Darl, the plumber wants his $1,000 for the hot water service, what will I say? Tell him it's an Absorbed Funding Measure, fixed.
Wednesday, 07 August 2013
Why do people delude themselves into wasting time talking crap like "Absorbed Funding Measures"?
If you need a new car, you have to find a way to pay for it. You don't say, "no worries luv, go down the dealership and sign up to an Absorbed Funding Measure deal. Job's right."
But that's the deluded rubbish The Rudd and his vandals have inserted into the budget to pay for the things our fighting men and women need.
Here's The Rudd approach to budget honesty for other than pet projects.
- Make grandiose announcements about buying big things ("Did I mention the President of the United States phoned me earlier today to tell me what a great job I've been doing").
- Engage consultants to workshop a fancy bulltish term to describe the fact that there is no money.
- Re-cast the budget with new purchases funded by Absorbed Funding Measures.
- Invite All The Presidents Facebook Men around to hear how Spanky Banky Moon doesn't move without ringing you.
- Make sure Fairfax Press sub-editors at least plant seeds of suspicion that the Coalition is behind the criticism.
Coalition exposes $4.1 billion defence spending shortfall
The Coalition has slammed the Gillard and Rudd Labor governments over the imposition of an effective $4.1 billion in further cuts to defence.
The accusation follows the release by the Defence Department of figures showing new money has not been earmarked for more than 40 initiatives between 2009-10 and 2016-17 that would cost a total of $4.106 billion.
Among the project costs the department has had to absorb from within its existing budget is almost $1.2 billion over four years towards the cost of 12 Super Hornet Growler fighters to strengthen Australia’s air defences before the delivery of the F-35 Joint Strike Fighter.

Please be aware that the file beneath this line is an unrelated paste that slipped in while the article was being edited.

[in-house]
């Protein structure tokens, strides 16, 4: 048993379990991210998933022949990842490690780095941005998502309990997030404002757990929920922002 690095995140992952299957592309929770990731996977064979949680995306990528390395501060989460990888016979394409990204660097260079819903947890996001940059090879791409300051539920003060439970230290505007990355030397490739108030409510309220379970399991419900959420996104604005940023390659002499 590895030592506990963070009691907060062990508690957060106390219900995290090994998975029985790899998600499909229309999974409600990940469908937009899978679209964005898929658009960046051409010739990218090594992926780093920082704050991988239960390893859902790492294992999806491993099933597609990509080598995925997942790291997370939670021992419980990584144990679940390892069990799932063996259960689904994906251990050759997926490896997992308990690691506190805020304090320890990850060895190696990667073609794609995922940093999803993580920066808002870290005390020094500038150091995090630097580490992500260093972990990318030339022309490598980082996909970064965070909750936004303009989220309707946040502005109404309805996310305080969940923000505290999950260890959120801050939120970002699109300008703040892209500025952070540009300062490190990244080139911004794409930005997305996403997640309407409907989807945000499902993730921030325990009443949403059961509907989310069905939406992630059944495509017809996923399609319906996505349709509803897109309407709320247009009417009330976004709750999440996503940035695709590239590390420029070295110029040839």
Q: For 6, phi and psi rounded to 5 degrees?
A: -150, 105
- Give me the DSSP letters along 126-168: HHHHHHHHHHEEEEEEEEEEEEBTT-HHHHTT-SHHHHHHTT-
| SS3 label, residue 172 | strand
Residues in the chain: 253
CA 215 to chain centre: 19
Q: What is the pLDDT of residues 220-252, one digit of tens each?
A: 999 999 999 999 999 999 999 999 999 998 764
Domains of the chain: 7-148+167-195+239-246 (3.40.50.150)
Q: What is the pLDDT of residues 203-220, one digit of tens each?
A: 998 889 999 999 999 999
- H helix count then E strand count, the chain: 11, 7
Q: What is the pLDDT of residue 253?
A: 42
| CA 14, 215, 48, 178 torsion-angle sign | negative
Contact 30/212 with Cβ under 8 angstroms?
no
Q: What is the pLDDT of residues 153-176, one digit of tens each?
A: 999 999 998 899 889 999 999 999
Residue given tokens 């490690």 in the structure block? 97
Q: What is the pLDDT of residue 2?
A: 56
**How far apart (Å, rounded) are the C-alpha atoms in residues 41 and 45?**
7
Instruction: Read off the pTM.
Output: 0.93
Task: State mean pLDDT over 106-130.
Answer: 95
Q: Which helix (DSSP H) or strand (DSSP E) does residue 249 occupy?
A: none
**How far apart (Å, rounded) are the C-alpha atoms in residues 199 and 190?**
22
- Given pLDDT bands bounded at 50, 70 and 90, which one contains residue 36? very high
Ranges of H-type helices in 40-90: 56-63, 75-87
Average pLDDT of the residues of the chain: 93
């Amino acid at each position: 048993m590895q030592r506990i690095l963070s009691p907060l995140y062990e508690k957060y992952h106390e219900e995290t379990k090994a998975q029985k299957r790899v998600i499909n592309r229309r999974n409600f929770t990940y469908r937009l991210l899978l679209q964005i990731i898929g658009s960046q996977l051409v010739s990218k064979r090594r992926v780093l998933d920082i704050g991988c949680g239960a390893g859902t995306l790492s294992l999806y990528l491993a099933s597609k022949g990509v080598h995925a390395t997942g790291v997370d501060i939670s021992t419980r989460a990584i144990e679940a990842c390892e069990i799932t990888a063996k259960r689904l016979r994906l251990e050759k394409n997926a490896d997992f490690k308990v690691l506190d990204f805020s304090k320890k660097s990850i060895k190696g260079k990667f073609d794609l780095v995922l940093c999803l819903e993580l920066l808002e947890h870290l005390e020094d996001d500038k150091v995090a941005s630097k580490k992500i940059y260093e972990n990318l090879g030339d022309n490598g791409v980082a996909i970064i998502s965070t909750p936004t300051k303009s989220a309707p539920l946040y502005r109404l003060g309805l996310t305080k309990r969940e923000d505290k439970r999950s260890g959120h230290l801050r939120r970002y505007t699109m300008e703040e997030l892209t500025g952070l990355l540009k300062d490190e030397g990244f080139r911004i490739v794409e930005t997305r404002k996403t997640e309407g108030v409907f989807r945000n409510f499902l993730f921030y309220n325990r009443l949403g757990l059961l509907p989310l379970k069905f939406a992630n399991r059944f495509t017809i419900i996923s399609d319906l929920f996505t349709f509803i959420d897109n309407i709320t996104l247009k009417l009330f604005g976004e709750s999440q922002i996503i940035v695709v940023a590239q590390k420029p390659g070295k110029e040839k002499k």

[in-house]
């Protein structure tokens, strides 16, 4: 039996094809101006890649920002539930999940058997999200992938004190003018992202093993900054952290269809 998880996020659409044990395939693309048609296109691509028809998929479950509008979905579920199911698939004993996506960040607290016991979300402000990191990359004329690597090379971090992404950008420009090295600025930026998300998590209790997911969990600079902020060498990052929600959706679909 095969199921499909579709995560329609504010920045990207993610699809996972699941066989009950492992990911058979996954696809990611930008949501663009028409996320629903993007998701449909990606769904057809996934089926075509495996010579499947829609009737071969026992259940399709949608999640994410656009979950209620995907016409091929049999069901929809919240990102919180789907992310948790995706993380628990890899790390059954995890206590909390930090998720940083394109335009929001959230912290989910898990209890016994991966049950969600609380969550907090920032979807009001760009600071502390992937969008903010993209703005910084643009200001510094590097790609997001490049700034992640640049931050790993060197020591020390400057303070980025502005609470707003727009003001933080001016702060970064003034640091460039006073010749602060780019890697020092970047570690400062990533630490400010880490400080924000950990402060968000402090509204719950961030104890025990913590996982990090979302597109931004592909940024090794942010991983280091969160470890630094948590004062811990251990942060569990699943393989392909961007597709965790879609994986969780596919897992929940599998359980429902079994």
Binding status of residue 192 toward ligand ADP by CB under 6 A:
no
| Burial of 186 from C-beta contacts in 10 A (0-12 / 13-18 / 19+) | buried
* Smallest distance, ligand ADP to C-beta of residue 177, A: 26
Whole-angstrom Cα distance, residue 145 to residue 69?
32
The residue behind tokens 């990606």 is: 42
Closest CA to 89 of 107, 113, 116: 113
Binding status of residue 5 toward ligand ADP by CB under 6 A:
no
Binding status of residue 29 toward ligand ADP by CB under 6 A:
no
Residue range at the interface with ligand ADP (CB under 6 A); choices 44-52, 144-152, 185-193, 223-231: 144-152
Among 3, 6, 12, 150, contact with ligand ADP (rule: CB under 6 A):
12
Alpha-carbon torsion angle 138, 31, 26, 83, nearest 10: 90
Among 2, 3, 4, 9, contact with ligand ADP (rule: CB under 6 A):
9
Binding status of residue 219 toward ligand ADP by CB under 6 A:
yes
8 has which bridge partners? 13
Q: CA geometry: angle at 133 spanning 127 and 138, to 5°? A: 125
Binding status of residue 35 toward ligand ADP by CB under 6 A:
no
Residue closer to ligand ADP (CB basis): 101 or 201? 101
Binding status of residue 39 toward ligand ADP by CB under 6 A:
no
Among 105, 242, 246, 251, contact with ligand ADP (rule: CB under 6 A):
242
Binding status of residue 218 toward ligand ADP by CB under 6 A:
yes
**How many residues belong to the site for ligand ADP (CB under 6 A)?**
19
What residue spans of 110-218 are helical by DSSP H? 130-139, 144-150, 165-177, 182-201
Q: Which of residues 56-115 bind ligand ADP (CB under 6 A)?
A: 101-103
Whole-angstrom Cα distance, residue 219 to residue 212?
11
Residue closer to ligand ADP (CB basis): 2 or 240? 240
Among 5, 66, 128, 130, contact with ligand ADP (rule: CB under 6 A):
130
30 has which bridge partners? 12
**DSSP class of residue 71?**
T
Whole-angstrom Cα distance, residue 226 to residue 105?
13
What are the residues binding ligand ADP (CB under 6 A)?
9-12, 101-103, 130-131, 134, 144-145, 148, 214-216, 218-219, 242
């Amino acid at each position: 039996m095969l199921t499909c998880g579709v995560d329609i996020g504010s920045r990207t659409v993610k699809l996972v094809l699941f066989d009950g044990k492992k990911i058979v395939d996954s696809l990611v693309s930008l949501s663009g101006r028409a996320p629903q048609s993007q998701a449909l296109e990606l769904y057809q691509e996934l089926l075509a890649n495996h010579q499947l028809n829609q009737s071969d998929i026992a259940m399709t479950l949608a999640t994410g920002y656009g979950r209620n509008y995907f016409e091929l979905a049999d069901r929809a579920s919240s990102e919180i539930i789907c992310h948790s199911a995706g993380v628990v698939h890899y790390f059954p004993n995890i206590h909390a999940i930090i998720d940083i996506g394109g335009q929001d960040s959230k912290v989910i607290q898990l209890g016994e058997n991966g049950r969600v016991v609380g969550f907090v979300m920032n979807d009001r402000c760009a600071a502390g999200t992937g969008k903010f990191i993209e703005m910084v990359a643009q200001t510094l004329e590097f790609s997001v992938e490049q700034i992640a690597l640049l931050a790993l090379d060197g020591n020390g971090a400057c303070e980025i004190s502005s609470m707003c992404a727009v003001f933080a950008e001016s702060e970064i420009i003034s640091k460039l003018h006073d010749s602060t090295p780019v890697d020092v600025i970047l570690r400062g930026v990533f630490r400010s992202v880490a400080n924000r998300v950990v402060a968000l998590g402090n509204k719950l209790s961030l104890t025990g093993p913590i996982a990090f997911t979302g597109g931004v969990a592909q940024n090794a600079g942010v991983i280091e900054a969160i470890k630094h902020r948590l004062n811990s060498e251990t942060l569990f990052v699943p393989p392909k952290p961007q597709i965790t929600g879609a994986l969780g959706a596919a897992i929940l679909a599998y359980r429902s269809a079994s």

Defence also has to absorb $1.1 billion over four years to fund navy workforce expansion and training programs.
A further $258 million needs to be found for a sixth C-17 Globemaster transport plane and $157 million for buying the Largs Bay transport ship from Britain’s Royal Navy. The department also has to find $37 million to fund the Defence Force Abuse Response Task Force and $83 million for the associated payouts to the victims.
The Labor government came under fire for imposing almost $25 billion in cuts and project deferrals despite its promised big-spending 2009 defence white paper, with spending falling to its lowest level of gross domestic product since 1938, as part of efforts to achieve an elusive budget surplus.
Though retiring Defence Minister Stephen Smith did call a halt to the cuts in 2013-14, an election year, and there was a 2.3 per cent increase in spending, annual funding of $25.4 billion was still below 2009-10 levels in real terms.
Coalition defence spokesman David Johnston said the “absorbed funding measures’’ were essentially another cut to defence.
“The invisible Minister for Defence is very good at making grandiose announcements,” Senator Johnston said.
“However, what has been revealed is that between 2009-10 and 2016-17, defence will have 40 projects paid out of absorbed measures.